Our 2019 cloud security research found that 91% of Irish businesses either had a cloud development strategy or is currently putting one in place. Here is the second part summarising the survey highlights. Read part 1 HERE.
The three most used security measures to protect sensitive data and control access to the cloud were multi-factor authentication, anti-malware and encryption. The remainder (in order) were:
- Network access controls
- Log and event management (SIEM)
- Vulnerability scanning
- Application control (application whitelisting)
- Identity and access management (IDM/IAM)
- Forensics and incident response
- DLP (host- or network-based)
- Cloud encryption gateways and/or cloud access security brokers (CASBs)
On a similar note, IAM is the most used security control to protect applications in the cloud, with malware detection, encryption and log and event management (SIEM) following closely.
What type of cloud?
It seems that most of us are using a hybrid or multi cloud strategy (59.7%). This of course makes sense, because not everything needs to be in the cloud. There are many good reasons why systems shouldn’t be moved. None more important than a bespoke application critical to business operations where moving it would carry too great a risk. Also, sometimes applications have a physical onsite dependency.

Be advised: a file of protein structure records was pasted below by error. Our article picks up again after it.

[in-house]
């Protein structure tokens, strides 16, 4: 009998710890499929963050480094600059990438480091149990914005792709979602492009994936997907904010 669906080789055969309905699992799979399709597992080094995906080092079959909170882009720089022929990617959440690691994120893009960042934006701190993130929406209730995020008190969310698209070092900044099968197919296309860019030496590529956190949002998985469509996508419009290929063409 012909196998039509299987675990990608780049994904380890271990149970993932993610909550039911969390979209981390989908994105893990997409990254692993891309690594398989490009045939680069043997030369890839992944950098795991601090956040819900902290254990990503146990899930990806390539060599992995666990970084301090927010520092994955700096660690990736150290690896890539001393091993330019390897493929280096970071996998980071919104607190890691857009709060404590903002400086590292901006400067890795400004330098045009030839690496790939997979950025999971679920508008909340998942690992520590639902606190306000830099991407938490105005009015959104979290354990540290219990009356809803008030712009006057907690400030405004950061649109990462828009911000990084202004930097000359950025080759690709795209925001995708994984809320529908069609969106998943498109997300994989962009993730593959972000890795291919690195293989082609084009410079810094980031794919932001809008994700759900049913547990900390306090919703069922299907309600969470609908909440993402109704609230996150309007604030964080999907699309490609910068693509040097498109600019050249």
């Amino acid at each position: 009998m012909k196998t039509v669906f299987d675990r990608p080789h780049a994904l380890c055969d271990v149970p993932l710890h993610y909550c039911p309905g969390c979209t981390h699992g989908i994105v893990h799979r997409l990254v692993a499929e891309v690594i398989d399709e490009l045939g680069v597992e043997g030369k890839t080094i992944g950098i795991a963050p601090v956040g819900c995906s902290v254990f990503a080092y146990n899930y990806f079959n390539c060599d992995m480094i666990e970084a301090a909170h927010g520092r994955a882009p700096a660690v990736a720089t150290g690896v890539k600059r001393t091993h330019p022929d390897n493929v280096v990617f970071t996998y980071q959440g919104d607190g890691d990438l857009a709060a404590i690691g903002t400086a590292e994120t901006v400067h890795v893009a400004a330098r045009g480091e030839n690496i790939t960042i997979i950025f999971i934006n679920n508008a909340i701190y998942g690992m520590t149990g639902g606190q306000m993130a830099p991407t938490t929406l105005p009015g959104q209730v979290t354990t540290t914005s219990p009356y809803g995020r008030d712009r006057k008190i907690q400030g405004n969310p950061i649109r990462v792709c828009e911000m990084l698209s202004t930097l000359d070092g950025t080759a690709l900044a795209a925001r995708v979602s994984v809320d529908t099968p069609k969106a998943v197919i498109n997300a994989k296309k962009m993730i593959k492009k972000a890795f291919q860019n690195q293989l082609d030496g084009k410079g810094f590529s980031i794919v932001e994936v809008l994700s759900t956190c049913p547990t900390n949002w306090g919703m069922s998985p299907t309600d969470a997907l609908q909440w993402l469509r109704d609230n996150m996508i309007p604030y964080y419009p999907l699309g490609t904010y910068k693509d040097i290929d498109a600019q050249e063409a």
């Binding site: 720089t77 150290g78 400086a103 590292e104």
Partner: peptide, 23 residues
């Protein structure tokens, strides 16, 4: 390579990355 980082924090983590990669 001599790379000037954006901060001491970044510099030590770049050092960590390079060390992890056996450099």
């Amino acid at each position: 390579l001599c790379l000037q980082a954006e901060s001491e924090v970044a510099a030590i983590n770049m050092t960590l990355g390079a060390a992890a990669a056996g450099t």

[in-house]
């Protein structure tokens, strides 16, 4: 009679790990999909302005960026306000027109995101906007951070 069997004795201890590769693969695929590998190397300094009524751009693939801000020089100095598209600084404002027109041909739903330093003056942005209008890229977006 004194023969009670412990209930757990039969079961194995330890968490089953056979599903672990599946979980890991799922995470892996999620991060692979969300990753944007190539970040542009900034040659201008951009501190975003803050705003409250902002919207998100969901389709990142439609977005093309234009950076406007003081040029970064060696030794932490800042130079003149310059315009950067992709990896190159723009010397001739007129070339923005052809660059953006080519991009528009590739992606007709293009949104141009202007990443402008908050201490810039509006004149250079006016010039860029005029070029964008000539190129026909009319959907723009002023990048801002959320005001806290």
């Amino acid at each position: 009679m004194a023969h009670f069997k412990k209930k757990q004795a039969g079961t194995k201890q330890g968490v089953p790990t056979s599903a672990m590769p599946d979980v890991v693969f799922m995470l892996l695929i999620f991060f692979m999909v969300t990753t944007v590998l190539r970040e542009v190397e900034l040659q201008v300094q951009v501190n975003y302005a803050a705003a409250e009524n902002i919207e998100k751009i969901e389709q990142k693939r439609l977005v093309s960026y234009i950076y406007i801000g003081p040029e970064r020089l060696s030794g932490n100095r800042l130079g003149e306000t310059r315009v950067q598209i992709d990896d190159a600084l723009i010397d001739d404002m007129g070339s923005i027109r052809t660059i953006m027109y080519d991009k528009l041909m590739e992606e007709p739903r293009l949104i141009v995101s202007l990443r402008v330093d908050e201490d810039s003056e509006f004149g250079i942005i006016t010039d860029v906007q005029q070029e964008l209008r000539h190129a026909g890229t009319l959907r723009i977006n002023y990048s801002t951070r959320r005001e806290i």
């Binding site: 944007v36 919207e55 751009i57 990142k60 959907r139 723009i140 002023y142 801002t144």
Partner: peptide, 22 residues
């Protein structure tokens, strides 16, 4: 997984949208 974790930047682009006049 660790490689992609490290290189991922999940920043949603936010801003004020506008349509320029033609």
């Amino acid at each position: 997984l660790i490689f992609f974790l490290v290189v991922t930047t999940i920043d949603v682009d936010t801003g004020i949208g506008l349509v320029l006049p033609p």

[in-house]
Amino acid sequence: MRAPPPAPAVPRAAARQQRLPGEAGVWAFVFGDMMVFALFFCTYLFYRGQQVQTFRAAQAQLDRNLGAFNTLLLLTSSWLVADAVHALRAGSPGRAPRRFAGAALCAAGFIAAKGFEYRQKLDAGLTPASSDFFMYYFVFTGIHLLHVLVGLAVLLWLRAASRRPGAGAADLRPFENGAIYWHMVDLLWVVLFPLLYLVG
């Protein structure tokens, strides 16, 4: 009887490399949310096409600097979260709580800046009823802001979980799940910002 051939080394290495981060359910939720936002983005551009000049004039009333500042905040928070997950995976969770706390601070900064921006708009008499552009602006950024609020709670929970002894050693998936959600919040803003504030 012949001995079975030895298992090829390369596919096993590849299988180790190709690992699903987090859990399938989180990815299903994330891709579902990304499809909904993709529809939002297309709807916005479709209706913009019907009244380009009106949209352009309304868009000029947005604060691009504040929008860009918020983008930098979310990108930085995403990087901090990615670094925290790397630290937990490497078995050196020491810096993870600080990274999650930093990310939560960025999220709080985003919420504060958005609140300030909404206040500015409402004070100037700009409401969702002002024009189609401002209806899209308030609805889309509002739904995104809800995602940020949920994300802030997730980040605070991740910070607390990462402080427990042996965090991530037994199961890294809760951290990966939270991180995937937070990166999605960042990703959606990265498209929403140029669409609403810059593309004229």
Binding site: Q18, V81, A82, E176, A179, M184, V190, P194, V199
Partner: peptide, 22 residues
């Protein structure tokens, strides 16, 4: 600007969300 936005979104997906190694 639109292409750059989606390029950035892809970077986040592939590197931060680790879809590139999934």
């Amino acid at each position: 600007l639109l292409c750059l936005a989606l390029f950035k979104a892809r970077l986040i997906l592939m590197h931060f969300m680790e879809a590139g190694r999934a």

84.5% said the most common application used in the cloud is – no great surprise – business applications. Most likely Microsoft Office 365 and similar. After this came Backup as a Service and storage/data archiving with Disaster Recovery coming in fourth. Again, this all logical because these are the easiest applications to move to the cloud. Not just that, they make more sense in the cloud than on-premises.
Further to that, the foremost concern for organisations regarding the use of business applications in the public cloud was unauthorised access to sensitive data by others such as cloud tenants, cloud provider personnel or third parties.
As we always say here, (and to quote Misha Glenny, cyber security journalist):
“There are two types of companies, those that have been hacked and those who don’t know they’ve been hacked.”
Prevention is always better than the cure. Talk to us to learn more about the tools needed to defend your organisation from cyber attacks.
Download the survey results here.